The Collecting Bug

I've discovered a couple of interesting blogs this week, one of which I want to share with you today. Apparently, the New York Public Library's staff do periodical posts in which they muse on their subjects of specialty, and refer to the NYPL collections. This recent post caught my eye. Having read a lot about collectors and collecting (mostly books by Susan Pearce, I can honestly say), I've also given this some thought - and it is an intriguing question. What is it about that compulsion to acquire that makes it irresistible? And why does it bite us sometimes, and not at others?


Amy said…
I can't help thinking that the attraction of collecting has a lot to do with the thrill of the chase. Tracking down missing items, the achievement of adding to the collection, the sense of pride at creating something complete and representative.

Personally (and I know of at least one other person in the Department who's the same!), I can get very quickly obsessed, but equally swiftly bored with my 'collections.'
J said…
That's interesting; I get tired of my collections if they become no longer my own. Like, if people find out about them, and then decide that something vaguely related to that but not in my taste at all would be a good present idea for birthdays, holidays, and special events, and then I am left with a beautiful nucleus and a shell of junk I can't get rid of because people gave it to me.

But I meant more along the lines of: what attracts people to collecting certain things in the first place, or what do they think/feel about a certain item when they spy it on eBay, at a shop, or wherever? How do they make the decision about whether that thing fits their collection? What are their connoisseurial criteria?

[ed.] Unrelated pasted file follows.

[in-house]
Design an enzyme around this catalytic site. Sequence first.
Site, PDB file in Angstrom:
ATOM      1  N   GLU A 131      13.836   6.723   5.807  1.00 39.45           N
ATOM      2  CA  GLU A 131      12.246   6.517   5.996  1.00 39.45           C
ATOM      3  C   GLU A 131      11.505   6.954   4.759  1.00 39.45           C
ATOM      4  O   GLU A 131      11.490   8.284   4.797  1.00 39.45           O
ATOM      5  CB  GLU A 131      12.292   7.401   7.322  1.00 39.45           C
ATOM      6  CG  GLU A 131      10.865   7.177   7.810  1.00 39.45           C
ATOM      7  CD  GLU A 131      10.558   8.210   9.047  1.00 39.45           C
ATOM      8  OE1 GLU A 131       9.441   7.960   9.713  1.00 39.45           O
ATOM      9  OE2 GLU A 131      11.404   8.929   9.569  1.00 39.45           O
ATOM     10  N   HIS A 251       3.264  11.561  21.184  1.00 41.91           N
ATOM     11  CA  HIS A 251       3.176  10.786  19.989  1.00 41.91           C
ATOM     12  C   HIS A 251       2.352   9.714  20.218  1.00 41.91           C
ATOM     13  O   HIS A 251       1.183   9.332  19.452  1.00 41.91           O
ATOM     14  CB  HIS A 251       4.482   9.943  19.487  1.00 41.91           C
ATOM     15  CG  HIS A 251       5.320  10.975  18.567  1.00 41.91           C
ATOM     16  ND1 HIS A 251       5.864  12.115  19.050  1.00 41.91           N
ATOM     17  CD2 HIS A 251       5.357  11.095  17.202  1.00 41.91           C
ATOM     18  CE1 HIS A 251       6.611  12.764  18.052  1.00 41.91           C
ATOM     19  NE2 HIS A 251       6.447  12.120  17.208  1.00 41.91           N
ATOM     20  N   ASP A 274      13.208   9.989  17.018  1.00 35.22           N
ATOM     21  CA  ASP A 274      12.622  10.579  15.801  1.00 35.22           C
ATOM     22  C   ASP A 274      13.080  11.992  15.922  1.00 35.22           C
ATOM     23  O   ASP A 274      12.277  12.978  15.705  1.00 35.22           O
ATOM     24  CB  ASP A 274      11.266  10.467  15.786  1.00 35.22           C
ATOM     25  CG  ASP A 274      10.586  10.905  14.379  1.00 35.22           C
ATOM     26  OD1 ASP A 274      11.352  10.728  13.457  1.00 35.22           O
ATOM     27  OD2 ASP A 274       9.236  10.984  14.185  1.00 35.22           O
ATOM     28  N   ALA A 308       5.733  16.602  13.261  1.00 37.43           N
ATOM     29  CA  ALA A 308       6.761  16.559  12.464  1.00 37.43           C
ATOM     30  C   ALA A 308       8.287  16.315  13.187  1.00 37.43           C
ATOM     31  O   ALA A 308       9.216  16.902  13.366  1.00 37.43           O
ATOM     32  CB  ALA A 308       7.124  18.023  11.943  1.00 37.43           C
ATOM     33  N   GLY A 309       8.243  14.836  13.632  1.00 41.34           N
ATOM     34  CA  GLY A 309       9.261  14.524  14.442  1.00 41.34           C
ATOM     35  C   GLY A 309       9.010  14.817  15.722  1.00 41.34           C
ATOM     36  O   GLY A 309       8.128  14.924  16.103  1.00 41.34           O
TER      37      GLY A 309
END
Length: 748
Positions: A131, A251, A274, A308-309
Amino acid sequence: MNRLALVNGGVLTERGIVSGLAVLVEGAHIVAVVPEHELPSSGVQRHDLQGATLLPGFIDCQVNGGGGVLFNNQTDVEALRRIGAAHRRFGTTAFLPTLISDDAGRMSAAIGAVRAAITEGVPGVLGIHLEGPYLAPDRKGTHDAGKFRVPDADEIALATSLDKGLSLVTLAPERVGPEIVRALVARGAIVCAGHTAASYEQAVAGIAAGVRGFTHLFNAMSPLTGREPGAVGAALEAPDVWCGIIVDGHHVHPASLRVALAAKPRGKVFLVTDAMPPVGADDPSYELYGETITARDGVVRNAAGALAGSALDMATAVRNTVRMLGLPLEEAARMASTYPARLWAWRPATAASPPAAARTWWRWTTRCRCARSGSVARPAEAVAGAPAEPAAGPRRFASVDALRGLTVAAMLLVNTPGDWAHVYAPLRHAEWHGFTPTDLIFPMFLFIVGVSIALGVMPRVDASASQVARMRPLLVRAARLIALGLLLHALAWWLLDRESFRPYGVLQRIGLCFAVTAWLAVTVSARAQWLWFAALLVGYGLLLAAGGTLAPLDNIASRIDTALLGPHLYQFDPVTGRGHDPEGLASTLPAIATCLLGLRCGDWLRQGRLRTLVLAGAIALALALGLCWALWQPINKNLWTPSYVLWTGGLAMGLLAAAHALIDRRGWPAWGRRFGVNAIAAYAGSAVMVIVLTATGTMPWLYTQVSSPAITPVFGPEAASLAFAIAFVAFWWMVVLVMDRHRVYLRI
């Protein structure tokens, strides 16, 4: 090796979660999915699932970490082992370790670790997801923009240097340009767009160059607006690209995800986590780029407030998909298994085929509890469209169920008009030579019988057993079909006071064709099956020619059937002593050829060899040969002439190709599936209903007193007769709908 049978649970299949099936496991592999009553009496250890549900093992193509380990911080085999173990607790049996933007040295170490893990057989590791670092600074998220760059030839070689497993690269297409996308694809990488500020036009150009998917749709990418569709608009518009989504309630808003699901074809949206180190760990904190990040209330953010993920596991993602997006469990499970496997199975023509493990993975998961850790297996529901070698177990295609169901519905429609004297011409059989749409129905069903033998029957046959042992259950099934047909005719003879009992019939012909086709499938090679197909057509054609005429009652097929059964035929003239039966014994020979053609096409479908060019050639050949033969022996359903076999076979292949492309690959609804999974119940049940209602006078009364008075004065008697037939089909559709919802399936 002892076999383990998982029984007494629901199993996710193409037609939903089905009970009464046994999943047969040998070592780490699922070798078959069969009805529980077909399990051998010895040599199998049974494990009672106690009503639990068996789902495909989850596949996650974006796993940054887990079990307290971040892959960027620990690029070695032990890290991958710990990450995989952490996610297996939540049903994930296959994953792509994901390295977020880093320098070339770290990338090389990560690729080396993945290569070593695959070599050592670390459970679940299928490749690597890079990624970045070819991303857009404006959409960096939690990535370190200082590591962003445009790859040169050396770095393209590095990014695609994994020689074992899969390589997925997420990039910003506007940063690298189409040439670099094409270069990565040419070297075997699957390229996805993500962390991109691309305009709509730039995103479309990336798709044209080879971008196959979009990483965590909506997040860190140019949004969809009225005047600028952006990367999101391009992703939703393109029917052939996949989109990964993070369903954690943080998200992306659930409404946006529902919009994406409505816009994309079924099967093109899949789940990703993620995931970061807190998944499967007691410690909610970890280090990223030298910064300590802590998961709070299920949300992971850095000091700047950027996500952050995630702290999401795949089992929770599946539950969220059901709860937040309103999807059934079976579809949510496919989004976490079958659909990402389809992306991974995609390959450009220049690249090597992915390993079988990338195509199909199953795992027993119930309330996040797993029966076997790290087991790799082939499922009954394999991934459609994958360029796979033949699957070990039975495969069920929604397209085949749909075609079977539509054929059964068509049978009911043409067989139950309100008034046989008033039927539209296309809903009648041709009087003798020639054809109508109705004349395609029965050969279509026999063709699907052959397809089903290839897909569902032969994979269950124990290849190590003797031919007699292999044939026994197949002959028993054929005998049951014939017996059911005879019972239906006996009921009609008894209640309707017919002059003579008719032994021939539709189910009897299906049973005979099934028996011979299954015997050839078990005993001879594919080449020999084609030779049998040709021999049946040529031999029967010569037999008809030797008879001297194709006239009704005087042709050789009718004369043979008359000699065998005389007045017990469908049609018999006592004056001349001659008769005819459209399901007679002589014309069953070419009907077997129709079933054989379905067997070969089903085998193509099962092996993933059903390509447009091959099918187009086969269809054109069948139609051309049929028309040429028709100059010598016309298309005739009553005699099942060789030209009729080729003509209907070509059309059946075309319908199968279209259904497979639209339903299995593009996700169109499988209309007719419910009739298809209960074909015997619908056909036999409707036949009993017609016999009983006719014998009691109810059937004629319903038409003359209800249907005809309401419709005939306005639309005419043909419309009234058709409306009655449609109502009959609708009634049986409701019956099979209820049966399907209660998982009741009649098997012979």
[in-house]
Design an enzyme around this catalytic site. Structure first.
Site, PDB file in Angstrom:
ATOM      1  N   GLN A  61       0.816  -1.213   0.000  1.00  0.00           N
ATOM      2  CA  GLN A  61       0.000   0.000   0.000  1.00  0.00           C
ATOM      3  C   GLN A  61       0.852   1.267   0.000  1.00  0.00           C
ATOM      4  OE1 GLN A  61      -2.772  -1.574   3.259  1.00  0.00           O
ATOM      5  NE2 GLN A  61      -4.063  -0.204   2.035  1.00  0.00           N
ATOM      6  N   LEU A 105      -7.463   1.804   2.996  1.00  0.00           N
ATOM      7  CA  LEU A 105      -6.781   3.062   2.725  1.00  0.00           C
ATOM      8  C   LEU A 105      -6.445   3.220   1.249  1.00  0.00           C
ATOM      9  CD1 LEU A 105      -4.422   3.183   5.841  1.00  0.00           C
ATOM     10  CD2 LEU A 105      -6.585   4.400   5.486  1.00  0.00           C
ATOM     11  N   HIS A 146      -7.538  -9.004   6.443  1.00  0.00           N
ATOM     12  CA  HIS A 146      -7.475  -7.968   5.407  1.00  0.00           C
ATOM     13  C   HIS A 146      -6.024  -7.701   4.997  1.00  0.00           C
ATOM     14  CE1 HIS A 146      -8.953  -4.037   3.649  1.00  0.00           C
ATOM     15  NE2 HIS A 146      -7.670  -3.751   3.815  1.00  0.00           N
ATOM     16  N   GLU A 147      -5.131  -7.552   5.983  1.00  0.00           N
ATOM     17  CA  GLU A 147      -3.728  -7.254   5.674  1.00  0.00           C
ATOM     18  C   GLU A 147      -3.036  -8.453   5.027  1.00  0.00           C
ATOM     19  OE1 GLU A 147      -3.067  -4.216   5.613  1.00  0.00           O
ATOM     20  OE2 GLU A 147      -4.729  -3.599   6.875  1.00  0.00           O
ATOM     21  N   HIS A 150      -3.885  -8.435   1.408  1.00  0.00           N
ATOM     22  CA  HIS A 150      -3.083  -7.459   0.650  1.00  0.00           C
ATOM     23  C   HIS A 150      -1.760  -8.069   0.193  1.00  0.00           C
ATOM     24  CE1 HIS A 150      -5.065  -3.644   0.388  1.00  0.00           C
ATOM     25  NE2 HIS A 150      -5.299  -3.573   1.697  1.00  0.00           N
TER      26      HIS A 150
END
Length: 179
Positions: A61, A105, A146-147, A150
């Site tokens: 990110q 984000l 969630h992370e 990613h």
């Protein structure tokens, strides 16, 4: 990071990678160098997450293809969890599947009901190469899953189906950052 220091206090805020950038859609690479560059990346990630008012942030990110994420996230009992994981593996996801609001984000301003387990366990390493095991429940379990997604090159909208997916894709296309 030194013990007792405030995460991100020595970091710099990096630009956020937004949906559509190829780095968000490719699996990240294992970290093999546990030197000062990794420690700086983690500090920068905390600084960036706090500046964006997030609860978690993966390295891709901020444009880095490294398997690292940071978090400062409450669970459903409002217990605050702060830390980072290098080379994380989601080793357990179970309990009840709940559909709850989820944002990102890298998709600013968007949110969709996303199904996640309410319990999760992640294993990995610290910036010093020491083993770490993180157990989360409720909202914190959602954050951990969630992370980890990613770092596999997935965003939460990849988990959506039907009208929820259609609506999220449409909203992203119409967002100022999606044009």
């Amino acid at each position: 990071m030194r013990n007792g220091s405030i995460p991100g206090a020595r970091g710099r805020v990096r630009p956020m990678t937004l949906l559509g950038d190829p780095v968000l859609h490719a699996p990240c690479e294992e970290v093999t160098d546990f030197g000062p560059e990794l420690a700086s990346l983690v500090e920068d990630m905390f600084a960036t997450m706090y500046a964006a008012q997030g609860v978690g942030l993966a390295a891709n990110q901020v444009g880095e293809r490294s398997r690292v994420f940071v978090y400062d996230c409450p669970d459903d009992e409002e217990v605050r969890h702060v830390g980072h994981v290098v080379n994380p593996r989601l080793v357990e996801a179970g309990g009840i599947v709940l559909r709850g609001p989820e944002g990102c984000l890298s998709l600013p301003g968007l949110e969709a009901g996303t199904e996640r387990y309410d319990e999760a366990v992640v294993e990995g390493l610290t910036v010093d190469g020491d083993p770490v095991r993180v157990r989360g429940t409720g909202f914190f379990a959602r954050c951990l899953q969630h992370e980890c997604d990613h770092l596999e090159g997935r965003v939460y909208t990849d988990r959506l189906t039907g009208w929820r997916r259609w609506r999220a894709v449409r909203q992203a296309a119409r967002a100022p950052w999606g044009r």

Amy said…
I jotted down a few notes about this the other day, with every intention of writing them up, but promptly lost them. Duh! Just re-found them, here goes:

I think collecting ties into the need to posess, something that you own, something that makes you special and unique. Perhaps the collecting process gives people in society a role? Especially those that might otherwise feel disempowered (hence the 'geekiness' of collectors?). At the root of it is the 'hook,' the interest that becomes an obsession. I think you have to be a very particular kind of person to commit to building a collection. It's also about recognising a value in the objects one collects and coverts, that others may have missed: it's about rescuing and preserving (that's the focus of a lot of my collecting activity). But who knows what really motivates collectors and how they make decisions about what to collect. I'm sure there's a deep psychological need at the root of it all, but equally, everyone probably approaches it in a different way. For example, I have more of an aesthetic approach to my collecting: not so interested in completeness, or representativeness. God knows why. Perhaps I'm simply a visual person. I'm not good with numbers, so cataloguing, numbering and counting my posessions is less appealing. I like to display and look at what I collect, rather than pack it all away.

Dissecting my own behaviour scares me, so I'm going to finish now! ;)

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